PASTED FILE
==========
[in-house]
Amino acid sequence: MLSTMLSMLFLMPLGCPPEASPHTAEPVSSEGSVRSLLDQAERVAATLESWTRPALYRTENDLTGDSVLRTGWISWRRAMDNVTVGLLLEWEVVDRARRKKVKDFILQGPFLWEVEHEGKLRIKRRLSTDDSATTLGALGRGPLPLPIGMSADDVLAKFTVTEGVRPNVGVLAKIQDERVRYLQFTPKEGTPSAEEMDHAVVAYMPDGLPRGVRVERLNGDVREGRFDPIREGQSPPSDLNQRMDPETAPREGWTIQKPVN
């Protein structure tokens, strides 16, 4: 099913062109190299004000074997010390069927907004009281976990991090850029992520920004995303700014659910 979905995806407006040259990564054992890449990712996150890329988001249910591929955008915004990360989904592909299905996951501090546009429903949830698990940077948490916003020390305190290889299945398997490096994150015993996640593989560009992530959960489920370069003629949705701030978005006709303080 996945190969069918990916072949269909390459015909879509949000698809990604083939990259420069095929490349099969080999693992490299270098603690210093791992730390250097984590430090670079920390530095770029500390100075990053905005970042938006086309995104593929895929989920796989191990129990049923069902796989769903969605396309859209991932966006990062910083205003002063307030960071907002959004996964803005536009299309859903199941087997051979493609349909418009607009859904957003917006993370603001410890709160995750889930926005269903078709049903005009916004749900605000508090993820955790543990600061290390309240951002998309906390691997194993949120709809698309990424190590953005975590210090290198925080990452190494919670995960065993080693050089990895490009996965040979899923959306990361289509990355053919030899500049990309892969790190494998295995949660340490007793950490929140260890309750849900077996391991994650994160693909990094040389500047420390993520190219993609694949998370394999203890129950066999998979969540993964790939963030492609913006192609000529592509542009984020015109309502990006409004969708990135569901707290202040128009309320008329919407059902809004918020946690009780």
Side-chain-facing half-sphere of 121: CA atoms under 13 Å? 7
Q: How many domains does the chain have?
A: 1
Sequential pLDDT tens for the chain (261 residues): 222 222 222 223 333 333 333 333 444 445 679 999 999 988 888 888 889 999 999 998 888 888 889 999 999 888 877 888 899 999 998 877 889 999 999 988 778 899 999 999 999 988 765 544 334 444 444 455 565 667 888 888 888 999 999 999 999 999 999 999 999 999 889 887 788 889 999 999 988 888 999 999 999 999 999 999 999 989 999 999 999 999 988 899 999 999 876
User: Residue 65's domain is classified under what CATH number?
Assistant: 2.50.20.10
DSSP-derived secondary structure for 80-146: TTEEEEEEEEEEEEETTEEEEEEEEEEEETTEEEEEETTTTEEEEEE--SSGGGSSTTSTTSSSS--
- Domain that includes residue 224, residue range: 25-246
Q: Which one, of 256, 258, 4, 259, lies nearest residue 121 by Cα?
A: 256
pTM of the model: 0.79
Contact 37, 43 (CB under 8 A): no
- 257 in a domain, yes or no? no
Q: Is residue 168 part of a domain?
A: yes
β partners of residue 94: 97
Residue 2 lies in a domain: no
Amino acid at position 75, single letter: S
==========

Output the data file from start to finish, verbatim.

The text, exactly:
[in-house]
Amino acid sequence: MLSTMLSMLFLMPLGCPPEASPHTAEPVSSEGSVRSLLDQAERVAATLESWTRPALYRTENDLTGDSVLRTGWISWRRAMDNVTVGLLLEWEVVDRARRKKVKDFILQGPFLWEVEHEGKLRIKRRLSTDDSATTLGALGRGPLPLPIGMSADDVLAKFTVTEGVRPNVGVLAKIQDERVRYLQFTPKEGTPSAEEMDHAVVAYMPDGLPRGVRVERLNGDVREGRFDPIREGQSPPSDLNQRMDPETAPREGWTIQKPVN
């Protein structure tokens, strides 16, 4: 099913062109190299004000074997010390069927907004009281976990991090850029992520920004995303700014659910 979905995806407006040259990564054992890449990712996150890329988001249910591929955008915004990360989904592909299905996951501090546009429903949830698990940077948490916003020390305190290889299945398997490096994150015993996640593989560009992530959960489920370069003629949705701030978005006709303080 996945190969069918990916072949269909390459015909879509949000698809990604083939990259420069095929490349099969080999693992490299270098603690210093791992730390250097984590430090670079920390530095770029500390100075990053905005970042938006086309995104593929895929989920796989191990129990049923069902796989769903969605396309859209991932966006990062910083205003002063307030960071907002959004996964803005536009299309859903199941087997051979493609349909418009607009859904957003917006993370603001410890709160995750889930926005269903078709049903005009916004749900605000508090993820955790543990600061290390309240951002998309906390691997194993949120709809698309990424190590953005975590210090290198925080990452190494919670995960065993080693050089990895490009996965040979899923959306990361289509990355053919030899500049990309892969790190494998295995949660340490007793950490929140260890309750849900077996391991994650994160693909990094040389500047420390993520190219993609694949998370394999203890129950066999998979969540993964790939963030492609913006192609000529592509542009984020015109309502990006409004969708990135569901707290202040128009309320008329919407059902809004918020946690009780």
Side-chain-facing half-sphere of 121: CA atoms under 13 Å? 7
Q: How many domains does the chain have?
A: 1
Sequential pLDDT tens for the chain (261 residues): 222 222 222 223 333 333 333 333 444 445 679 999 999 988 888 888 889 999 999 998 888 888 889 999 999 888 877 888 899 999 998 877 889 999 999 988 778 899 999 999 999 988 765 544 334 444 444 455 565 667 888 888 888 999 999 999 999 999 999 999 999 999 889 887 788 889 999 999 988 888 999 999 999 999 999 999 999 989 999 999 999 999 988 899 999 999 876
User: Residue 65's domain is classified under what CATH number?
Assistant: 2.50.20.10
DSSP-derived secondary structure for 80-146: TTEEEEEEEEEEEEETTEEEEEEEEEEEETTEEEEEETTTTEEEEEE--SSGGGSSTTSTTSSSS--
- Domain that includes residue 224, residue range: 25-246
Q: Which one, of 256, 258, 4, 259, lies nearest residue 121 by Cα?
A: 256
pTM of the model: 0.79
Contact 37, 43 (CB under 8 A): no
- 257 in a domain, yes or no? no
Q: Is residue 168 part of a domain?
A: yes
β partners of residue 94: 97
Residue 2 lies in a domain: no
Amino acid at position 75, single letter: S